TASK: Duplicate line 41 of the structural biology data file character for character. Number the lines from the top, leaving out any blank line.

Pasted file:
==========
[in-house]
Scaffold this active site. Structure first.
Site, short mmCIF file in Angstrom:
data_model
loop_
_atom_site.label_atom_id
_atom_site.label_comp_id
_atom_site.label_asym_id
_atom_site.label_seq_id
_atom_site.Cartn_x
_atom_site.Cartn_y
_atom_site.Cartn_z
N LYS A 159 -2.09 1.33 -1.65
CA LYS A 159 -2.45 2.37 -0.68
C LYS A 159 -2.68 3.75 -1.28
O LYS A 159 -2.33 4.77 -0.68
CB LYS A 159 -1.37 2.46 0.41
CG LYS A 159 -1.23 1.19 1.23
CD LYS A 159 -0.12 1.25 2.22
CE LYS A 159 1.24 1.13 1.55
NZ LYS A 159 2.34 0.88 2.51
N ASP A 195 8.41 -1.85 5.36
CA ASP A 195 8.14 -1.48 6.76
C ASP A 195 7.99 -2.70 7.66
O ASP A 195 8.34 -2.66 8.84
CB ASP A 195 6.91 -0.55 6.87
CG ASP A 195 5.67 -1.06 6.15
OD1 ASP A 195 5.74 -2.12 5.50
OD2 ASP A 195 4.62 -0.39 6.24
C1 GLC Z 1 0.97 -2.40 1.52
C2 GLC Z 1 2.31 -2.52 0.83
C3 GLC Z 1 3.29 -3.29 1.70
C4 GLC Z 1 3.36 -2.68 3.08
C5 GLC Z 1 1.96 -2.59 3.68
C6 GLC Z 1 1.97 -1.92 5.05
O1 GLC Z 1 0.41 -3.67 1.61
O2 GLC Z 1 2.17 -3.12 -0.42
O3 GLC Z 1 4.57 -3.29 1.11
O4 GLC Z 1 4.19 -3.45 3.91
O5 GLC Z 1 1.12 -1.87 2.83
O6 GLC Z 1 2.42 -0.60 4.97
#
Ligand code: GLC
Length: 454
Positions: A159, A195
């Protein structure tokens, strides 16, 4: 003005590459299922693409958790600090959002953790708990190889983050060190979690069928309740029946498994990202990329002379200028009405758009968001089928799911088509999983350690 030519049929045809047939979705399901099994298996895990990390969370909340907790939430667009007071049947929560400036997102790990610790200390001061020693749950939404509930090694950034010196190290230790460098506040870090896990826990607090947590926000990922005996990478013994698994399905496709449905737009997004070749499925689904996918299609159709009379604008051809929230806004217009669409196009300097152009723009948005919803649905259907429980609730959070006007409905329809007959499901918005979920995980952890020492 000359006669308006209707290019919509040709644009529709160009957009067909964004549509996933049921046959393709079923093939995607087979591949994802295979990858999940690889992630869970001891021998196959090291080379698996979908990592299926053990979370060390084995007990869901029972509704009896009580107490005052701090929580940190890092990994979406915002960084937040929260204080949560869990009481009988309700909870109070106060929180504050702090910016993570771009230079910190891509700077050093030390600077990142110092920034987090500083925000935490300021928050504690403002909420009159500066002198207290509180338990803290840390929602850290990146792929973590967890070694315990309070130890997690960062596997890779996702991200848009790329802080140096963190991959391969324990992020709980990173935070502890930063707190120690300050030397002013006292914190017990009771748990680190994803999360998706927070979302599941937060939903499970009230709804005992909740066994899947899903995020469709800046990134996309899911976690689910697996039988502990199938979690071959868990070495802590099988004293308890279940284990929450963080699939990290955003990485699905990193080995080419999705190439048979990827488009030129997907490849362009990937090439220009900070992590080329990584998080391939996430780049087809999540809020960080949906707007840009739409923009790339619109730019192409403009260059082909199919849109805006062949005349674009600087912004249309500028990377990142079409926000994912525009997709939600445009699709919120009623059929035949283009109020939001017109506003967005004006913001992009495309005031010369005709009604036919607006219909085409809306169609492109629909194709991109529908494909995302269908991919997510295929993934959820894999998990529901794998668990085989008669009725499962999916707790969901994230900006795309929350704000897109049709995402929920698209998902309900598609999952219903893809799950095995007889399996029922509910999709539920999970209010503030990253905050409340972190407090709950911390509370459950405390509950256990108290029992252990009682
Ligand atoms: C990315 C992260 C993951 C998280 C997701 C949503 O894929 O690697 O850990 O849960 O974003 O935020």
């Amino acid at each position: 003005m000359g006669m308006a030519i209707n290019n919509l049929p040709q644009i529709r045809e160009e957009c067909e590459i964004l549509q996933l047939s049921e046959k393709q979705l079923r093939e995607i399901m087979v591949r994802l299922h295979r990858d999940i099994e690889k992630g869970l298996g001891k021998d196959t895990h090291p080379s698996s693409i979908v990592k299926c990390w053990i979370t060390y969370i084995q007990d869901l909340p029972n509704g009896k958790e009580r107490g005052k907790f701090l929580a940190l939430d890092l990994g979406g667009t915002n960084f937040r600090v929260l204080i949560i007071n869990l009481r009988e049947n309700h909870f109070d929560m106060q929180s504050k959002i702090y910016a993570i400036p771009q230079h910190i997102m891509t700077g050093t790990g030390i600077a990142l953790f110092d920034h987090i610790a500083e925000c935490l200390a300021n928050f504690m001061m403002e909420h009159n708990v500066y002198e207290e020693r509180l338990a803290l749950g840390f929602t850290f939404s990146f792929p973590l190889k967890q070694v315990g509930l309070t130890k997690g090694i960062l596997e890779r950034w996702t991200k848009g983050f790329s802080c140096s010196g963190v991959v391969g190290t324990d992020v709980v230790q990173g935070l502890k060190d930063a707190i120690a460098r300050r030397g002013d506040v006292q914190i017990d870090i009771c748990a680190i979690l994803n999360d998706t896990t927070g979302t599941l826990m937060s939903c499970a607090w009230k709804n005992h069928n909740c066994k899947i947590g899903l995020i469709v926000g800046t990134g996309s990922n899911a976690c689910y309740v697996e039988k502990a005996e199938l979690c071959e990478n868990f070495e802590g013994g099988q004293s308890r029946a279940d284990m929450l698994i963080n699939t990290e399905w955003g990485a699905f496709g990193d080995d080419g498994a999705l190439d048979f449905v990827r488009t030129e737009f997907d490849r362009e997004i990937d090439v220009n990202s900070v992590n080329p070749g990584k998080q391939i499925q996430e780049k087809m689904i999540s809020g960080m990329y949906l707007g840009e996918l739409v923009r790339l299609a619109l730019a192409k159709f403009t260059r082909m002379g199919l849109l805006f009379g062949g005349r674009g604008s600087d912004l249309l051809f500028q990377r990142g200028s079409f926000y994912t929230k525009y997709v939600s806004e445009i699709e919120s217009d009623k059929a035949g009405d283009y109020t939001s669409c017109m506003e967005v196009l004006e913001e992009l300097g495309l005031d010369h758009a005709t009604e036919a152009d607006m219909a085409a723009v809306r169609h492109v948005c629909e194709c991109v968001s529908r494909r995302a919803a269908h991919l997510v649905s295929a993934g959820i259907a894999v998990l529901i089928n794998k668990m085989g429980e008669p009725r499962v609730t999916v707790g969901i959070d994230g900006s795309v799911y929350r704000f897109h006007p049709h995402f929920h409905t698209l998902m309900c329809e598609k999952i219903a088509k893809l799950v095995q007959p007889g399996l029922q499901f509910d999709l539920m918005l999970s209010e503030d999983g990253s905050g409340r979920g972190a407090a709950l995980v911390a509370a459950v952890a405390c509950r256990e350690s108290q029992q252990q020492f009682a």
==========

O6 GLC Z 1 2.42 -0.60 4.97